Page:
Reacting to the backlash on Friday, London Metropolitan Police Assistant Commissioner Louisa Rolfe said the force was not, in fact, urging women to change their own behavior to avoid assault. 

"It's really important to us that we don't ask women to change their behaviour," she said. "Violence against women and girls is a priority for police across the U.K. but we're really conscious that women should be free to go about their lives without fear of abuse."

She said violence against women had the "hallmarks of an epidemic," and that it was "tolerated far too much in society and we the police are determined to bring offenders to justice and to prevent these offenses where we can."

Nessa's murder has also reinvigorated discussion in the U.K. about so-called "Missing White Woman Syndrome."  

London Councillor Rabina Khan defines the term, first coined by American journalist Gwen Ifill, as: "The disproportionate media coverage of missing people and victims of violent crime if you are young, white, middle-class women, in comparison to someone who's not white."

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Khan, and many others, have drawn parallels between Nessa's murder and Everard's. Everard was murdered by a London police officer who didn't know her, but who had previously been accused of flashing a woman.

"I was really pleased and proud that the Duchess of Cambridge attended the vigil of Sarah Everard, and I hope tonight, this evening, that we see many [high] profile people attending Sabina Nessa's vigil," Khan said on British TV Friday morning.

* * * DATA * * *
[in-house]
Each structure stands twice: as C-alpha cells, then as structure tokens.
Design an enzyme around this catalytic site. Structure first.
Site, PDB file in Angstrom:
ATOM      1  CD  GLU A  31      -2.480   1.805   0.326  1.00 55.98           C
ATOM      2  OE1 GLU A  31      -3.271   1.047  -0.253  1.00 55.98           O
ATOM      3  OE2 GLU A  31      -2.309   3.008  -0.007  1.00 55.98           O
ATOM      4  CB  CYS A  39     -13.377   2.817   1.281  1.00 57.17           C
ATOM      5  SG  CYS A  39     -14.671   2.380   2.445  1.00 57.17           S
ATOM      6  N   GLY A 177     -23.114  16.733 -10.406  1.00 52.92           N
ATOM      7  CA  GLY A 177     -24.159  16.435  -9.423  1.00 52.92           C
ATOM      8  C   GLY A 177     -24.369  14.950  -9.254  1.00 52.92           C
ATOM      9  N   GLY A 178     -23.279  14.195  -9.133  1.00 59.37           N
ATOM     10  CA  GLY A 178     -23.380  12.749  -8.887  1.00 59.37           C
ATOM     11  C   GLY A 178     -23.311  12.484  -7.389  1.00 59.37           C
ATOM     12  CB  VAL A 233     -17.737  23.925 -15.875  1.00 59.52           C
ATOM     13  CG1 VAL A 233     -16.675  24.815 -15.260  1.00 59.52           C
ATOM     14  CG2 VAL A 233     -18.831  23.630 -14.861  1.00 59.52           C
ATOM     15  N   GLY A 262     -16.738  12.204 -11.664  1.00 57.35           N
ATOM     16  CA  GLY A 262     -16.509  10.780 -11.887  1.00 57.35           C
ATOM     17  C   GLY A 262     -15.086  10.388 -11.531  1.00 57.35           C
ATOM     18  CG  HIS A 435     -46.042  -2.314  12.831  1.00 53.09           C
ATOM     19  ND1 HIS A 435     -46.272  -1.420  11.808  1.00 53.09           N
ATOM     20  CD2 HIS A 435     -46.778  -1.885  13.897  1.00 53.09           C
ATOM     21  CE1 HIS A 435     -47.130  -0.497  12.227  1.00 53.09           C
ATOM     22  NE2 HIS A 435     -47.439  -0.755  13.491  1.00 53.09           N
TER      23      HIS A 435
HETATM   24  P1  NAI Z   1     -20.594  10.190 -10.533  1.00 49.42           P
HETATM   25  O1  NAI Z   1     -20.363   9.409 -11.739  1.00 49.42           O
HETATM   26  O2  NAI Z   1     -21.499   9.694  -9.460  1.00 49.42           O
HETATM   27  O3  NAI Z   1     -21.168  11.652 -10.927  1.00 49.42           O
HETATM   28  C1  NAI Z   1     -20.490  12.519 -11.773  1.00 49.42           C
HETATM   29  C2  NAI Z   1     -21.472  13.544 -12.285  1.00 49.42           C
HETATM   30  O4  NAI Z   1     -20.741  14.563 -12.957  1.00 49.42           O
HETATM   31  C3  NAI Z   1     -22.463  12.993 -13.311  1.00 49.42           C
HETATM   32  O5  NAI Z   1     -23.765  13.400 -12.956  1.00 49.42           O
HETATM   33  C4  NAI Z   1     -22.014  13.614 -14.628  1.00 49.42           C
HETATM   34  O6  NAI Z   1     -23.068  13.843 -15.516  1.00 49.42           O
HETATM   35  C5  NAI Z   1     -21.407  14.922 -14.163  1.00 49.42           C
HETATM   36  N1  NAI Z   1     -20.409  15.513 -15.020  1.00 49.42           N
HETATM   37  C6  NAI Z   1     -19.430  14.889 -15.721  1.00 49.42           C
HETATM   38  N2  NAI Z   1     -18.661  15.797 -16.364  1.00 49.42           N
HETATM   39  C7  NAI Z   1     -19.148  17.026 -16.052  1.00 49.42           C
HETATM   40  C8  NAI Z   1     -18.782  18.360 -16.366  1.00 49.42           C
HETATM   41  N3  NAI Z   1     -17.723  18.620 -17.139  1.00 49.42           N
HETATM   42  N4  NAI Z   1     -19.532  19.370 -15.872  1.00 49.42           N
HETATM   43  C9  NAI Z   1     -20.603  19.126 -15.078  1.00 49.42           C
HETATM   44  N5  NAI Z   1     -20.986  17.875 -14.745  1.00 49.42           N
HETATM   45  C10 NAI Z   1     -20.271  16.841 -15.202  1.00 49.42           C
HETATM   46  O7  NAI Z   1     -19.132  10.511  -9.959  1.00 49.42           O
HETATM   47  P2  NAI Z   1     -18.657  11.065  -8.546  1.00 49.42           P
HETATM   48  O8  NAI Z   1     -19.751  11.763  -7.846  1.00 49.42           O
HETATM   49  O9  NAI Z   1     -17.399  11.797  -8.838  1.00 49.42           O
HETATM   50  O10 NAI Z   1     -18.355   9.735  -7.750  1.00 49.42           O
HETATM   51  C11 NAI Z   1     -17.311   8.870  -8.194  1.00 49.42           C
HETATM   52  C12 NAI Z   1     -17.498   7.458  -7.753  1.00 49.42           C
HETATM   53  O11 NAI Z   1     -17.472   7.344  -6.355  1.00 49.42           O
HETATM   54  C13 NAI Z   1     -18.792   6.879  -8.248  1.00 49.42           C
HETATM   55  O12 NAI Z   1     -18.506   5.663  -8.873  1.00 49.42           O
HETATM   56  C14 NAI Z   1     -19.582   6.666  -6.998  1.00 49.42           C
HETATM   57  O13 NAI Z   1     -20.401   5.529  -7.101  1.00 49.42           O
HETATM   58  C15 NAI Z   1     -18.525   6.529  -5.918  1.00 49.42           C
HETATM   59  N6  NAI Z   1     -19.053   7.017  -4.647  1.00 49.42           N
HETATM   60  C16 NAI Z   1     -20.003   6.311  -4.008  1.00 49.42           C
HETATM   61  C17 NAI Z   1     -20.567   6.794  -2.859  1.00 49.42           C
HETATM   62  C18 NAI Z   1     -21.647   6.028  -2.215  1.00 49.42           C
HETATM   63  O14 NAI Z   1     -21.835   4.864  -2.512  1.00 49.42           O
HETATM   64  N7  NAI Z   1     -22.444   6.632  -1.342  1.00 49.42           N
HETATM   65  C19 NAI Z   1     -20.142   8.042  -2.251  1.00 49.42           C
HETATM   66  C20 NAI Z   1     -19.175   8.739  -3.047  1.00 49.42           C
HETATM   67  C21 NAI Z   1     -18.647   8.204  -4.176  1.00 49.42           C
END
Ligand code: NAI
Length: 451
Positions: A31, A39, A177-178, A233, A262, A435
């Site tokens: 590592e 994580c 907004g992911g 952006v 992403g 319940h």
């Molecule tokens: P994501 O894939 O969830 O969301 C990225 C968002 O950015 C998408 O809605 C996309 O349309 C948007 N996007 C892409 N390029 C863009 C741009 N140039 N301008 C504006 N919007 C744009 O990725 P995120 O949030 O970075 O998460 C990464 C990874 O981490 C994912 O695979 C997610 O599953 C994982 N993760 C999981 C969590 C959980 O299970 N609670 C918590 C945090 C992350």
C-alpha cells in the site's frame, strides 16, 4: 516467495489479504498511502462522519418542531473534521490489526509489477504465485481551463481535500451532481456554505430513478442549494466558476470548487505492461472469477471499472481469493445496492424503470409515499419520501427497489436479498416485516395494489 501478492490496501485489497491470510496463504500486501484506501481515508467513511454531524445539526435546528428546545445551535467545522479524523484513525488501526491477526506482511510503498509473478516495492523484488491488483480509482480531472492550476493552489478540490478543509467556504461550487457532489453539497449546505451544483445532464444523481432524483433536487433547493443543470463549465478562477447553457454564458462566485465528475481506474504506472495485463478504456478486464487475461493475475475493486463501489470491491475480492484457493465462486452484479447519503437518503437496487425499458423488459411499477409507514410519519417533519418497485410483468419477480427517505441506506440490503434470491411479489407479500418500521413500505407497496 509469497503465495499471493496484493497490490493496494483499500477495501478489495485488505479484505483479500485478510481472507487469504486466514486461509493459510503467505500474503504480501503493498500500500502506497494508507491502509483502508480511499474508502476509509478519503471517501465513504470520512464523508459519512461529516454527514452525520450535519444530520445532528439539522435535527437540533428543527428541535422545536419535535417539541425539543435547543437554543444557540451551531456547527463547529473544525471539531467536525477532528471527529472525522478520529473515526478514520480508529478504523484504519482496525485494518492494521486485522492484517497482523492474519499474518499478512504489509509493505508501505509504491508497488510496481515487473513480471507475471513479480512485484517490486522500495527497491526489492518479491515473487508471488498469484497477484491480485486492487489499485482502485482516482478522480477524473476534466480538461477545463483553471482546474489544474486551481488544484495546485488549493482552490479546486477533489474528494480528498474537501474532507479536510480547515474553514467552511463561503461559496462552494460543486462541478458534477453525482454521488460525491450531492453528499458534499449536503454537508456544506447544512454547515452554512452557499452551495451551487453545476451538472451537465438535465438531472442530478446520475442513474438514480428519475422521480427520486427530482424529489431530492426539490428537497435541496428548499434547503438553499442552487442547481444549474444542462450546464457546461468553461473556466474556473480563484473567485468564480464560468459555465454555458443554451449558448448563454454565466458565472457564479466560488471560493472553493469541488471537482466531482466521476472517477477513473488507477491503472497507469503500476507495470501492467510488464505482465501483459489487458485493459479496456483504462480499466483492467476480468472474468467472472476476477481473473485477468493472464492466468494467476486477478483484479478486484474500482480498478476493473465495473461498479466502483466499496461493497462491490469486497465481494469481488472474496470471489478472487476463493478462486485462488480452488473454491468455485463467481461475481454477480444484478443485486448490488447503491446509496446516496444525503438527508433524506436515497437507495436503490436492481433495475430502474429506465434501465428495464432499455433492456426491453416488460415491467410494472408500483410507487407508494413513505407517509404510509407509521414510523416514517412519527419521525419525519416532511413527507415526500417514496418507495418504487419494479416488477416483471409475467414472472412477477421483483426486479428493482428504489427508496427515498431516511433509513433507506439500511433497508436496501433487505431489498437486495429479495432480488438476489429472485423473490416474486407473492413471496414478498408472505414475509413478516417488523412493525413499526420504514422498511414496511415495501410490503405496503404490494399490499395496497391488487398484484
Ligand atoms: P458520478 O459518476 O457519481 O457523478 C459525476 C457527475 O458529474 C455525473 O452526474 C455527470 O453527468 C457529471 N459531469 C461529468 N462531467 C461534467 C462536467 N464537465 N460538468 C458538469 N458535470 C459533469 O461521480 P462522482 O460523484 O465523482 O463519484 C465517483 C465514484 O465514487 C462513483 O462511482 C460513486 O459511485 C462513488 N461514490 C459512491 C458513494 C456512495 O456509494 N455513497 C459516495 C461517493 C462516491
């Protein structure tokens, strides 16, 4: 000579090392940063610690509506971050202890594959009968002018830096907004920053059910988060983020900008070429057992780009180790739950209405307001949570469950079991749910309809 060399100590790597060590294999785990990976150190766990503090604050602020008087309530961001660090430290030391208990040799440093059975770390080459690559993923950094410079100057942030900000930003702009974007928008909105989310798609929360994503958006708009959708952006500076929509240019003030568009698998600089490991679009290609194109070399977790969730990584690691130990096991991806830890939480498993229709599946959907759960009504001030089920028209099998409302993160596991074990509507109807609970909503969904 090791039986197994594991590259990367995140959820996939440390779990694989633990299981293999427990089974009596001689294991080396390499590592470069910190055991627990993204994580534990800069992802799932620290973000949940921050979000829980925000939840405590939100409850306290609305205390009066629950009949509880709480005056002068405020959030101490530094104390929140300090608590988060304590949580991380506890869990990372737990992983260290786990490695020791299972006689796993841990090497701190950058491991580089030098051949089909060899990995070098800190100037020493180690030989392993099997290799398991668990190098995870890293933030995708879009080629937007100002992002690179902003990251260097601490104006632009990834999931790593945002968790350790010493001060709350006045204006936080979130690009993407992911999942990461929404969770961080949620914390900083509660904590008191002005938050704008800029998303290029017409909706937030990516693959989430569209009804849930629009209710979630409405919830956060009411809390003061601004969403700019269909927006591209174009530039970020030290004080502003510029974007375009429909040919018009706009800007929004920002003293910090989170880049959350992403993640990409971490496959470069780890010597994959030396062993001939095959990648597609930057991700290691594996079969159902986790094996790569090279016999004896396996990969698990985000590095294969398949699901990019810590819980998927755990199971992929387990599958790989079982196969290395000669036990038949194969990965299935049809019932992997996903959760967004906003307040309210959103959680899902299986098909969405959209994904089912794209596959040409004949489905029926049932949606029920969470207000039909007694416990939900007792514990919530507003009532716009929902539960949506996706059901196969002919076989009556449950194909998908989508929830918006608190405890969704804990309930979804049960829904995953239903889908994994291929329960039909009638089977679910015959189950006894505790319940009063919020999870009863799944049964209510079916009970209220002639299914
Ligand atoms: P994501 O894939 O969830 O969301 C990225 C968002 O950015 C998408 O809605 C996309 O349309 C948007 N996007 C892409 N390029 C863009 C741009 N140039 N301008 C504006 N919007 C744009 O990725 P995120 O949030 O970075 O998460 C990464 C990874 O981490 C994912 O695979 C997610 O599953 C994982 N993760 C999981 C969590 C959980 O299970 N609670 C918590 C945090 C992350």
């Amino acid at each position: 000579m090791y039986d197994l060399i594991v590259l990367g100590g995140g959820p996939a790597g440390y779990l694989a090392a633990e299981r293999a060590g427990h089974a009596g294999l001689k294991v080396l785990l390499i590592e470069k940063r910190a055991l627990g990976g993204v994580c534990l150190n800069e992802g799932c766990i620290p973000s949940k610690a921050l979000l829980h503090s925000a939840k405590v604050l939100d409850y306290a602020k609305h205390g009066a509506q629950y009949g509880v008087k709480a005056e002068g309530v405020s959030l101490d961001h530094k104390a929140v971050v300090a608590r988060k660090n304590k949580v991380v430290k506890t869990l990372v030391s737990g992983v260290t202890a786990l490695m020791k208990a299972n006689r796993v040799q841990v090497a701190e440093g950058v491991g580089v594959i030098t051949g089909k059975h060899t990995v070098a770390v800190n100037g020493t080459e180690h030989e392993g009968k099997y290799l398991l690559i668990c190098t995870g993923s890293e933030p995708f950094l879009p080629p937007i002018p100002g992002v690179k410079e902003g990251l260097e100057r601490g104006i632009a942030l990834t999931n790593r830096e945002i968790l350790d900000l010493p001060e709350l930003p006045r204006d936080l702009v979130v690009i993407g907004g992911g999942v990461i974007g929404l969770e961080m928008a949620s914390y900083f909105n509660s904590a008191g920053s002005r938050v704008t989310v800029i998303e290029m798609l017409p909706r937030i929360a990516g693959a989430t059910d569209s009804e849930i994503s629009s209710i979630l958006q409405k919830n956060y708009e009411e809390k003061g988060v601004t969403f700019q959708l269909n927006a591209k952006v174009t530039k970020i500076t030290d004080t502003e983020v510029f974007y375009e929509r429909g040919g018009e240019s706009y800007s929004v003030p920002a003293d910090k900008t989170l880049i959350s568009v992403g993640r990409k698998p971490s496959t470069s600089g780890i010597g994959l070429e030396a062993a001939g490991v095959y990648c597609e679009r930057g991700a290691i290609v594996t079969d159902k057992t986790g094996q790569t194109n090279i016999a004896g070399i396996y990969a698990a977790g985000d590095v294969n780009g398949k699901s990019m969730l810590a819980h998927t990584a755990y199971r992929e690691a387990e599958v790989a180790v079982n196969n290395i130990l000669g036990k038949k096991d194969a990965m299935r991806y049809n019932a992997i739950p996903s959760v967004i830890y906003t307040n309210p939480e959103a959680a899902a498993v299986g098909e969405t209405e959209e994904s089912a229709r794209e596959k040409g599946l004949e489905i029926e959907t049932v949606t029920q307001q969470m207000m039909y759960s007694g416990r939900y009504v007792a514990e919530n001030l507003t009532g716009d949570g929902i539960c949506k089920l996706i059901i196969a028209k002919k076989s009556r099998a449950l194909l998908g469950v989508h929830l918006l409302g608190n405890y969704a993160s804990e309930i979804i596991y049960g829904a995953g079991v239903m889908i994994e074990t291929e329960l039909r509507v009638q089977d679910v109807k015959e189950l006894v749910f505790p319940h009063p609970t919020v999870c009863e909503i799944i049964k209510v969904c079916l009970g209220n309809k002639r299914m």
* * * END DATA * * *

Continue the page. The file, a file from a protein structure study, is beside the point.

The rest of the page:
Klingler said that when it comes to cases involving women of color, there generally aren't "the alarm bells," or the public feeling of, "this could be my daughter — there wasn't the outrage."  

She pointed to the murders of Bibaa Henry and Nicole Smallman, two Black sisters who were killed in London in June 2020.

"It was barely reported," she said. "The day the court case started, there was nothing in the papers. That case was one of the most horrific things I've read in my life." The police service's handling of that case prompted three investigations into police misconduct.

Klingler said the issue of femicide still wasn't "even in the top-three priorities of police stations."

"I would love to say I stood up, I went on TV shows, I did all this work, and look what we changed. In reality, nothing's changed," she said. "None of us feel any safer."

A 38-year-old man was arrested on Thursday in connection with the investigation into Nessa's murder, but on Friday evening, London's Metropolitan Police said he had been released without charge. He remained a subject of the investigation. 

The police also released images on Thursday of another man, caught on security cameras in the area, who they want to speak with regarding the case. They've asked anyone who recognizes him to come forward.